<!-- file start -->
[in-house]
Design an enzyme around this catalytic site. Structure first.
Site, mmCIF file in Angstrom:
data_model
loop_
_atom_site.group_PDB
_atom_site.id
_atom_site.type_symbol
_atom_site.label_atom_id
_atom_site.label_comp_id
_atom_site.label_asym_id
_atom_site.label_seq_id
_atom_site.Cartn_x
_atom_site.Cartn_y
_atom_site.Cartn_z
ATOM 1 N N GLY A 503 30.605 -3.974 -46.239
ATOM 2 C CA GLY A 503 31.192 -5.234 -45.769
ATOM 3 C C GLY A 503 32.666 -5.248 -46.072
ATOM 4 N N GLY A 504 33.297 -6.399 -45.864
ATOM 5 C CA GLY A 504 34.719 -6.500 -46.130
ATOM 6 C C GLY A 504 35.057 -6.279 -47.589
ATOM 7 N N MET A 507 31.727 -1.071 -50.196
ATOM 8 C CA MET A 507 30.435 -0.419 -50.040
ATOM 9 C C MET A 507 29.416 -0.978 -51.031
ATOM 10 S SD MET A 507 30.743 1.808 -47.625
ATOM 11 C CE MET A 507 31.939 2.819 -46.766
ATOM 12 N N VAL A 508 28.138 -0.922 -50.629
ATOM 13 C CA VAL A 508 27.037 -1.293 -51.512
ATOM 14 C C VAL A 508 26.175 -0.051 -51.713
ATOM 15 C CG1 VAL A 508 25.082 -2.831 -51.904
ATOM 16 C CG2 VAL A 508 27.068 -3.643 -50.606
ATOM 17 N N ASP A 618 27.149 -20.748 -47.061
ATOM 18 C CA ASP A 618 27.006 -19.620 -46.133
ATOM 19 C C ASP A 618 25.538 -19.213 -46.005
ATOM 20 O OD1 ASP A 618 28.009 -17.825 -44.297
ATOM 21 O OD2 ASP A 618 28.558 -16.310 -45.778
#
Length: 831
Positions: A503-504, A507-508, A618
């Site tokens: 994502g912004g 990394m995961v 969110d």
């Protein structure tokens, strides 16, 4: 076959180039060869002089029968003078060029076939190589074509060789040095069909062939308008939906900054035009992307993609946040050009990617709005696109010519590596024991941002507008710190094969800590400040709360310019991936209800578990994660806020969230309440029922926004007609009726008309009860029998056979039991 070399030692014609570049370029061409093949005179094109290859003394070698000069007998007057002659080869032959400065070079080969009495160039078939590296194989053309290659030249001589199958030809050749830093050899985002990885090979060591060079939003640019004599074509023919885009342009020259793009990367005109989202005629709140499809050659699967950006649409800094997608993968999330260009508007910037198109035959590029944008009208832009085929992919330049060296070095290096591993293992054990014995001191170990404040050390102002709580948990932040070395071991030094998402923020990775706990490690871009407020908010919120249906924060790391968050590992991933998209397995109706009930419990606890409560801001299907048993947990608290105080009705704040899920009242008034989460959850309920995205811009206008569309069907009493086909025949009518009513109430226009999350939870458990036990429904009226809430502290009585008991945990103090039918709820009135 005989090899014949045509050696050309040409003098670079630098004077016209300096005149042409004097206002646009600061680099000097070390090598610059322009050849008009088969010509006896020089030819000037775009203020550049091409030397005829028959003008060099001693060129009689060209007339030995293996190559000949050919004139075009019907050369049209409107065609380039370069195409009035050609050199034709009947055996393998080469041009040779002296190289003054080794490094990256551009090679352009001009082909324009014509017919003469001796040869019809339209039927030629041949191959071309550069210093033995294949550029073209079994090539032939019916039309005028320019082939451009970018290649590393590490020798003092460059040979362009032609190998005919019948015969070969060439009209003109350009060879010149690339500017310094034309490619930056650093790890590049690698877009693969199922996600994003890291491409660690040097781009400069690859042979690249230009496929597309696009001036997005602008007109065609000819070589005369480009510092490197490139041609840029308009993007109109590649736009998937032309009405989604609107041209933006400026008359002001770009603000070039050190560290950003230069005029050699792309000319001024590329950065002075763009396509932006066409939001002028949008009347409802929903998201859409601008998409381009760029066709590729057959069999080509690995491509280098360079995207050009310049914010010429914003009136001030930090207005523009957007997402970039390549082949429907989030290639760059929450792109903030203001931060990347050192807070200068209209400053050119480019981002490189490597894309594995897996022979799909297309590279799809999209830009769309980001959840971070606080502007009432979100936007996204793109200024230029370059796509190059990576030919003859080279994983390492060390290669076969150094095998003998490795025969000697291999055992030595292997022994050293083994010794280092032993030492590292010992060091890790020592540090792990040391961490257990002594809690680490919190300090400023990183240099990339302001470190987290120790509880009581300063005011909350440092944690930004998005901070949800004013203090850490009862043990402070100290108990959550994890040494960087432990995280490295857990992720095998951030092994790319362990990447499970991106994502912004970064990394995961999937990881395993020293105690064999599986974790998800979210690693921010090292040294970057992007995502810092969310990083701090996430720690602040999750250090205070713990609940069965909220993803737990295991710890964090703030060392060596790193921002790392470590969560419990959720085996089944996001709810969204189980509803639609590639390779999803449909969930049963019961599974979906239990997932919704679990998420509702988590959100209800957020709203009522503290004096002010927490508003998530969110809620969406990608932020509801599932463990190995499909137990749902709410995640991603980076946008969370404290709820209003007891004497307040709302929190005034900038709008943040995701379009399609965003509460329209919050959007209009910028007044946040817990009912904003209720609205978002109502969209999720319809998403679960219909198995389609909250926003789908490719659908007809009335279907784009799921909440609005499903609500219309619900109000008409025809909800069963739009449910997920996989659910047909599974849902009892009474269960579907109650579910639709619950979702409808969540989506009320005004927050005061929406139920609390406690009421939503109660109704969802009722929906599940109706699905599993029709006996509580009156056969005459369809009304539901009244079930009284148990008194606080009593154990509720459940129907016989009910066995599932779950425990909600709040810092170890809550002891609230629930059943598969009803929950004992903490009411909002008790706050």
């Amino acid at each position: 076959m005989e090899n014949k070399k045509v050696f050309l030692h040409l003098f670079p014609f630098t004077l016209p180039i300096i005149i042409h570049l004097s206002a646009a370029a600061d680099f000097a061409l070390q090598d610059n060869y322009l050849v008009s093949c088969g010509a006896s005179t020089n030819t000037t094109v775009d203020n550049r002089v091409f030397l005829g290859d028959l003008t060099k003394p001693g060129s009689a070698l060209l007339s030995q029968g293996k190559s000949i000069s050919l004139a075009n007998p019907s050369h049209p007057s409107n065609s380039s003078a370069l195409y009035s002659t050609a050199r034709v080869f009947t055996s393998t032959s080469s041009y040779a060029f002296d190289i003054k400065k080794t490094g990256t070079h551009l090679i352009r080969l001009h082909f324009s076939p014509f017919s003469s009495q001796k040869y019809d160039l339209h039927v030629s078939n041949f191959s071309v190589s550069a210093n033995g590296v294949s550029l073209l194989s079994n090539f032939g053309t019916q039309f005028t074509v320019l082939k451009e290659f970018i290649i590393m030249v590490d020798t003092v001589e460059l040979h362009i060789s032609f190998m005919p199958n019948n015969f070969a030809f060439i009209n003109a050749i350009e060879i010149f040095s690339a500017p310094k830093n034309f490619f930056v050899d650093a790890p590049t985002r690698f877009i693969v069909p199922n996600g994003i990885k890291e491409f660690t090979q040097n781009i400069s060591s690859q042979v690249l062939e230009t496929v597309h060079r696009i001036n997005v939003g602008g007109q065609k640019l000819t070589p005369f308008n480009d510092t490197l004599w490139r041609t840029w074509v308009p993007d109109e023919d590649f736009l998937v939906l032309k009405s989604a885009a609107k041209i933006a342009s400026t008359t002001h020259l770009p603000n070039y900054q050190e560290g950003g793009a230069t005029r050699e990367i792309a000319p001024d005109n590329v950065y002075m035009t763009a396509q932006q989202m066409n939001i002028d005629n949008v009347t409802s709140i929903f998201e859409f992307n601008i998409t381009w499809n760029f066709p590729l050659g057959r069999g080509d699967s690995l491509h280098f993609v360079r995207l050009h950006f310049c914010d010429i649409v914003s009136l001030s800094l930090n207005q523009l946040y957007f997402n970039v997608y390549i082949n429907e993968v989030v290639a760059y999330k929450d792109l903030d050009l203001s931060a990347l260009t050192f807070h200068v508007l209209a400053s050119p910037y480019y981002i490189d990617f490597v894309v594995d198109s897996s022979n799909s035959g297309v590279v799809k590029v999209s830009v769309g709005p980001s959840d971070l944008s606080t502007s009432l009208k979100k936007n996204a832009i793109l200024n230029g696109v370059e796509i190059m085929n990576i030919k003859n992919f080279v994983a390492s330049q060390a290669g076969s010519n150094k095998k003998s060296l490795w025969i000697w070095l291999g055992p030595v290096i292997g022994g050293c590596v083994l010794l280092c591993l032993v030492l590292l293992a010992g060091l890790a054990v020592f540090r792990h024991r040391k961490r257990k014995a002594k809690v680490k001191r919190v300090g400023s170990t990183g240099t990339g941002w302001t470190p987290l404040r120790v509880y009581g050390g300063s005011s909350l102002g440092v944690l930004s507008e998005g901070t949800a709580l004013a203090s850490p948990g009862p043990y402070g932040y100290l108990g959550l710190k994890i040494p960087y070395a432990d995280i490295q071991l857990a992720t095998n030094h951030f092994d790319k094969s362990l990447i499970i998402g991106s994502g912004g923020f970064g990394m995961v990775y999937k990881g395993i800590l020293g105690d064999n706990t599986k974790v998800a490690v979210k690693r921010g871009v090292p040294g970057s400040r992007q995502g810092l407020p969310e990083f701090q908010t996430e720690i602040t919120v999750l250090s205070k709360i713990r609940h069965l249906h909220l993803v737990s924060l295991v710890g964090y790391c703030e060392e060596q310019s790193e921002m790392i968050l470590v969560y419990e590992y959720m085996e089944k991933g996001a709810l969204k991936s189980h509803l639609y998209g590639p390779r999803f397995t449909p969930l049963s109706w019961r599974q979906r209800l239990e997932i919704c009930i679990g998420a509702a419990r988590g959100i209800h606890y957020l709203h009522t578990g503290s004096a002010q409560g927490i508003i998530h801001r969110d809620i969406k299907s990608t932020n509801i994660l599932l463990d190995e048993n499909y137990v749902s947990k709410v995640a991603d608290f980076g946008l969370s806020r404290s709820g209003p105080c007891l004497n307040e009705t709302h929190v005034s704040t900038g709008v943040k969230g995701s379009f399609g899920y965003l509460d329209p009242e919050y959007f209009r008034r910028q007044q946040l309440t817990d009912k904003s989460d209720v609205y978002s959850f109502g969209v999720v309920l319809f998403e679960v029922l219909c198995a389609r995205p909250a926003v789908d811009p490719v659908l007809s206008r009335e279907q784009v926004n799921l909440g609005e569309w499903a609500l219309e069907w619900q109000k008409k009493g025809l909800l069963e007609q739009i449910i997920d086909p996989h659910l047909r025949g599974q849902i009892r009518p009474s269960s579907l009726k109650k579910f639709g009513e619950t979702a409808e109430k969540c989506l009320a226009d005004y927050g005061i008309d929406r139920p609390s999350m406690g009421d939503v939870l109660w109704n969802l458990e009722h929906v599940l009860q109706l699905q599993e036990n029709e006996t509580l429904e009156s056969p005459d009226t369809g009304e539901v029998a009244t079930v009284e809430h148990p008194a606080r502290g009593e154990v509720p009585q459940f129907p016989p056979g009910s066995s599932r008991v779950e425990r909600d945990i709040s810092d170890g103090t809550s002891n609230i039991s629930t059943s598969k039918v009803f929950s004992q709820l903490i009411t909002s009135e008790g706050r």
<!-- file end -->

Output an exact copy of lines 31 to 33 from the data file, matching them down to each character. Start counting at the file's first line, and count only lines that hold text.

ATOM 16 C CG2 VAL A 508 27.068 -3.643 -50.606
ATOM 17 N N ASP A 618 27.149 -20.748 -47.061
ATOM 18 C CA ASP A 618 27.006 -19.620 -46.133